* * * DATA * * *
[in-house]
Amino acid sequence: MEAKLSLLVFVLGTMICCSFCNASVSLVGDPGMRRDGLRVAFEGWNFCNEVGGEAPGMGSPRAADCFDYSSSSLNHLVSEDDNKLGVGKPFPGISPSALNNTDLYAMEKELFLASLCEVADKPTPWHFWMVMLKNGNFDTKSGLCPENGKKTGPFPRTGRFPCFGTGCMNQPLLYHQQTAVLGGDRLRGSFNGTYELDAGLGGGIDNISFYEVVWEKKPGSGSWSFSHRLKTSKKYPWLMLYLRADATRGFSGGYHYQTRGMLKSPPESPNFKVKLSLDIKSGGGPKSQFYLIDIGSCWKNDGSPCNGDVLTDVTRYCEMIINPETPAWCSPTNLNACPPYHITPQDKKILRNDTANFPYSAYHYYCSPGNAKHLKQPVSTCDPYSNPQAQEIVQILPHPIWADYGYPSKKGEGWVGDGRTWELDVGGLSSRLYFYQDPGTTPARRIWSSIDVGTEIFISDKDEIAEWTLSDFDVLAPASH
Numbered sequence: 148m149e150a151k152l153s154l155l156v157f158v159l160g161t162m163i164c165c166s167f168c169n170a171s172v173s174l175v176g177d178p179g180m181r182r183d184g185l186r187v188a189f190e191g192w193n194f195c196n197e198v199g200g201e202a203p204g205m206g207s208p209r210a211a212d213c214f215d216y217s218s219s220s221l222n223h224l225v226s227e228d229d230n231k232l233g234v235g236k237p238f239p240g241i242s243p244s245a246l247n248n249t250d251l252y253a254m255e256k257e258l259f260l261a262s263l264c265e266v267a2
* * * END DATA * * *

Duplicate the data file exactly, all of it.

[in-house]
Amino acid sequence: MEAKLSLLVFVLGTMICCSFCNASVSLVGDPGMRRDGLRVAFEGWNFCNEVGGEAPGMGSPRAADCFDYSSSSLNHLVSEDDNKLGVGKPFPGISPSALNNTDLYAMEKELFLASLCEVADKPTPWHFWMVMLKNGNFDTKSGLCPENGKKTGPFPRTGRFPCFGTGCMNQPLLYHQQTAVLGGDRLRGSFNGTYELDAGLGGGIDNISFYEVVWEKKPGSGSWSFSHRLKTSKKYPWLMLYLRADATRGFSGGYHYQTRGMLKSPPESPNFKVKLSLDIKSGGGPKSQFYLIDIGSCWKNDGSPCNGDVLTDVTRYCEMIINPETPAWCSPTNLNACPPYHITPQDKKILRNDTANFPYSAYHYYCSPGNAKHLKQPVSTCDPYSNPQAQEIVQILPHPIWADYGYPSKKGEGWVGDGRTWELDVGGLSSRLYFYQDPGTTPARRIWSSIDVGTEIFISDKDEIAEWTLSDFDVLAPASH
Numbered sequence: 148m149e150a151k152l153s154l155l156v157f158v159l160g161t162m163i164c165c166s167f168c169n170a171s172v173s174l175v176g177d178p179g180m181r182r183d184g185l186r187v188a189f190e191g192w193n194f195c196n197e198v199g200g201e202a203p204g205m206g207s208p209r210a211a212d213c214f215d216y217s218s219s220s221l222n223h224l225v226s227e228d229d230n231k232l233g234v235g236k237p238f239p240g241i242s243p244s245a246l247n248n249t250d251l252y253a254m255e256k257e258l259f260l261a262s263l264c265e266v267a2